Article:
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Heat loss through the head with cites. Ending that discussion.
USCG's Federal Requirements and Safety Tips for Recreational Boats
Immersion in water speeds the loss of body heat and can lead to hypothermia. Hypothermia is the abnormal lowering of internal body temperature. If your boat capsizes it will likely float on or just below the surface. Outboard powered vessels built after 1978 are designed to support you even if full of water or capsized. To reduce the effects of hypothermia get in or on the boat. Try to get as much of your body out of the water as possible. If you can't get in the boat a PFD will enable you to keep your head out of the water. This is very important because about 50% of body heat loss is from the head.
The Wilderness Medicine Newsletter - Frozen Mythbusters, Nov/Dec 2004
Now, what about hypothermia and heat loss through the head?
If the hypothermia victim is not shivering, they are at rest, and the heat loss through the head remains about 7%. But, this is important, if they are shivering, the percent of heat loss via the scalp can increase to upwards of 55%, so protecting the head well is a very important part of treating the hypothermia patient. And as you can imagine, the primary defense against the cold and hypothermia is vasoconstriction of the peripheral circulation, this shunts blood to the core, reduces circulation to the skin, and increases the percent of heat loss through the scalp.
#1 The difference is that the shivering hypothermia patient is indeed exercising, but they do not vasodilate the peripheral circulation; the shivering muscles increase metabolic demand and cardiac demand so the patients do increase their cardiac output; therefore, they do increase cerebral circulation; therefore, they do increase the percent of blood loss through their head.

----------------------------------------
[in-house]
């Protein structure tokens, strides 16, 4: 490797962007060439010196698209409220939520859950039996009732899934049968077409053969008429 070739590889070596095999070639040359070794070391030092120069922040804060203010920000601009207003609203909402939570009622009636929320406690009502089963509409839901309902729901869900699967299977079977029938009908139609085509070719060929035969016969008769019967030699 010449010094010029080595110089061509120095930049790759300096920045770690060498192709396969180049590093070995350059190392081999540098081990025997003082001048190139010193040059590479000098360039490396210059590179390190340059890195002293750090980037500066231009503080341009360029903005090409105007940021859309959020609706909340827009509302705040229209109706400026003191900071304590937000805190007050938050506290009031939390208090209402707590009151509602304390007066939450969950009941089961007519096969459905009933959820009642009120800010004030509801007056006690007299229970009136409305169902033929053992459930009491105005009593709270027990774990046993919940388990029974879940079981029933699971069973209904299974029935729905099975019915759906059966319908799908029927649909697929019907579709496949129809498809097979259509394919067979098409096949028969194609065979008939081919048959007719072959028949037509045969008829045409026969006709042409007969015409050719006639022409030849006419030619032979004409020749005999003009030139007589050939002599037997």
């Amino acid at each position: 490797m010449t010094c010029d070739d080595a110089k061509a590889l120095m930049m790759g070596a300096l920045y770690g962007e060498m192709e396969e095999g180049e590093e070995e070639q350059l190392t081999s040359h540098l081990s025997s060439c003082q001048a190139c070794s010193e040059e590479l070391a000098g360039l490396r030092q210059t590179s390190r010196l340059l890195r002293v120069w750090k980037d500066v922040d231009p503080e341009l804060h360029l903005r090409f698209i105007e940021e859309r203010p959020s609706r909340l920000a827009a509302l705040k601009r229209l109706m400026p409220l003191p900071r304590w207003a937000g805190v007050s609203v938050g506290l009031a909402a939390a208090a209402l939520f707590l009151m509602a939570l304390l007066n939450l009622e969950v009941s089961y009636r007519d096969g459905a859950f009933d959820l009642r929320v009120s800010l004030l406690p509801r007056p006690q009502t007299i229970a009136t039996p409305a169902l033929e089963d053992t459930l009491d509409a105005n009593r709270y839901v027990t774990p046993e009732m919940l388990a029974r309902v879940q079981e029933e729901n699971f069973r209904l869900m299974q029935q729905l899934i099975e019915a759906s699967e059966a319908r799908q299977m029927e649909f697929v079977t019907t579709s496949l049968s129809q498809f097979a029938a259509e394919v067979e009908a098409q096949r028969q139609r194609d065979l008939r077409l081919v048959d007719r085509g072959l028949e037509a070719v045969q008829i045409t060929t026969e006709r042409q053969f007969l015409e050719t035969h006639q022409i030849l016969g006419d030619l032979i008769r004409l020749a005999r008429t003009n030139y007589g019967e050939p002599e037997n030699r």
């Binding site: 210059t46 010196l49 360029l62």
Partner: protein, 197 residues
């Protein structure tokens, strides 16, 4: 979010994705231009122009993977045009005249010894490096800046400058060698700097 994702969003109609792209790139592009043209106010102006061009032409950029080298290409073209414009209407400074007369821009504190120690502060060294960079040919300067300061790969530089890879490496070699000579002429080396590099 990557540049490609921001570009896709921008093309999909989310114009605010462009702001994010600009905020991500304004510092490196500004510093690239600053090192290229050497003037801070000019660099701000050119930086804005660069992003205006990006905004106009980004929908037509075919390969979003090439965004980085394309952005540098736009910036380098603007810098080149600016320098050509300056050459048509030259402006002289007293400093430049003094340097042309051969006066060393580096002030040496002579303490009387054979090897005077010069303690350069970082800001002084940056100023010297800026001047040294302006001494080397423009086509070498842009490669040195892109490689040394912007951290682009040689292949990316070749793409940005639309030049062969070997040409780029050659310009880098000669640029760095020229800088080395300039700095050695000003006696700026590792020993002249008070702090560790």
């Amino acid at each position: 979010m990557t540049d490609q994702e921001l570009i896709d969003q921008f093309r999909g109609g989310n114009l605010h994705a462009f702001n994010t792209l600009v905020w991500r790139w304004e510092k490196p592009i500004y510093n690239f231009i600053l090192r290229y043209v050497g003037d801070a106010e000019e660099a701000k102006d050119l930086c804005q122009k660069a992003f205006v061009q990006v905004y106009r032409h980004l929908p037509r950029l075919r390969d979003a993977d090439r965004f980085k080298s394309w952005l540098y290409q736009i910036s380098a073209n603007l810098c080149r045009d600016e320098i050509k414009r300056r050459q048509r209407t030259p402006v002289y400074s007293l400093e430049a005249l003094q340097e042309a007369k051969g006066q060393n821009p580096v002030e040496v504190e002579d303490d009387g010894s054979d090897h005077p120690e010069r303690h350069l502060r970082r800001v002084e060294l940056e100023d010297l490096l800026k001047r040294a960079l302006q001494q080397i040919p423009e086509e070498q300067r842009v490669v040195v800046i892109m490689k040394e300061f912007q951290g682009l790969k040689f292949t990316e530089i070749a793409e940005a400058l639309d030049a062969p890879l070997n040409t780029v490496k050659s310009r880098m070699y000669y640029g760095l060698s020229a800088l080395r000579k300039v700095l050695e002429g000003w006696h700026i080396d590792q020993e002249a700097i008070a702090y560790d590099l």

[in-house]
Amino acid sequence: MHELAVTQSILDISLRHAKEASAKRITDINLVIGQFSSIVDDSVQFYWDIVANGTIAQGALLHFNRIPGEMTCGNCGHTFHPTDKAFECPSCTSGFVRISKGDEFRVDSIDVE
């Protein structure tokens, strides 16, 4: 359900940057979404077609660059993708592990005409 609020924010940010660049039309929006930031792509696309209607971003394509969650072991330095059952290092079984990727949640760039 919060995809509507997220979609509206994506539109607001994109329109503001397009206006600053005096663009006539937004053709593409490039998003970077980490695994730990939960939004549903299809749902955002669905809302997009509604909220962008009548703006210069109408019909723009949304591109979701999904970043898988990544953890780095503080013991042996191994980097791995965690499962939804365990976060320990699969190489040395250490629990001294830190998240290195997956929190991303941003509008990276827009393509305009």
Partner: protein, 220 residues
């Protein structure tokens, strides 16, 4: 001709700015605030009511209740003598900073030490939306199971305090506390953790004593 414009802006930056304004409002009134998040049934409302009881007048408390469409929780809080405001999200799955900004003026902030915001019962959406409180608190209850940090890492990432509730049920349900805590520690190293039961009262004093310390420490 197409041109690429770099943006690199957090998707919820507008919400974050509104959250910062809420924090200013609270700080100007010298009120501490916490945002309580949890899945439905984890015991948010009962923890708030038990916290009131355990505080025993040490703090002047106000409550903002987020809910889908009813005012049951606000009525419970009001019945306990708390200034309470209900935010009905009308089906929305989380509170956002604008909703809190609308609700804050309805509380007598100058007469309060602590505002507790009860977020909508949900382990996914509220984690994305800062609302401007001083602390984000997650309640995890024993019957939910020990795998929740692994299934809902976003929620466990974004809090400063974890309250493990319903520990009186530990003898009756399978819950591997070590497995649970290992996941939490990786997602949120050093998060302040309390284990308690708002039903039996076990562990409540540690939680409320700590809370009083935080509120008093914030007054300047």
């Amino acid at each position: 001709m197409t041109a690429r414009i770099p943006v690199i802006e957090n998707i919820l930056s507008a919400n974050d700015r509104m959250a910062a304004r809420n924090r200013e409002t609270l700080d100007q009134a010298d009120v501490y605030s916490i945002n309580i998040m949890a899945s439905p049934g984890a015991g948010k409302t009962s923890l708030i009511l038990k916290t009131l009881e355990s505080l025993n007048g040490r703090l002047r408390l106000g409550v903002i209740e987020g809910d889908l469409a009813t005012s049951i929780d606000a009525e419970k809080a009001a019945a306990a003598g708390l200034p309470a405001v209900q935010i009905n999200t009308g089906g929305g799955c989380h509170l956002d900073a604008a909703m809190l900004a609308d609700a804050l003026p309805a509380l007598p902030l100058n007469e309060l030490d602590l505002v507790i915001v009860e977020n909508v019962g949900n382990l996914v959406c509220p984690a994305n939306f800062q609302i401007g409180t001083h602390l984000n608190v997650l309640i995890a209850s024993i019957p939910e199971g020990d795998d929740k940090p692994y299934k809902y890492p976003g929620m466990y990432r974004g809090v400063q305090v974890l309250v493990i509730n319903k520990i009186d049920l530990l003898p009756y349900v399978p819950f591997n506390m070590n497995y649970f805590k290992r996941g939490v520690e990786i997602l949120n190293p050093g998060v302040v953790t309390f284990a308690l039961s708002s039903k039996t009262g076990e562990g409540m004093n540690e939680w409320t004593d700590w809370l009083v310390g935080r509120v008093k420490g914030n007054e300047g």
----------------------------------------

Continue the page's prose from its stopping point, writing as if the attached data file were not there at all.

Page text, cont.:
#2 How does being in water change the equation?
Life-preserver, personal flotation device (PFD), research has shown that when in the water, if your head and neck are wet, you cool faster. This is why modern PFD’s hold the person in the water with their head and neck out of the water; even if unconscious, to decrease the rate of heat loss into the water.
#3 What difference does hair on your head or facial hair make?
None. In order for hair or fur to provide a protective thermal barrier, it has to be much denser than what we humans grow and it has to be in layers of different types of fur to provide a thermal barrier. Beards are great, but they do not keep you any warmer. And bald is beautiful.
Mariners, I've enjoyed reading your thoughts about how to keep warm. It gives food for thought. However, you do lose 50% of your heat through your head as you can see and Wilderness answered the why.
Mamu, the sailor.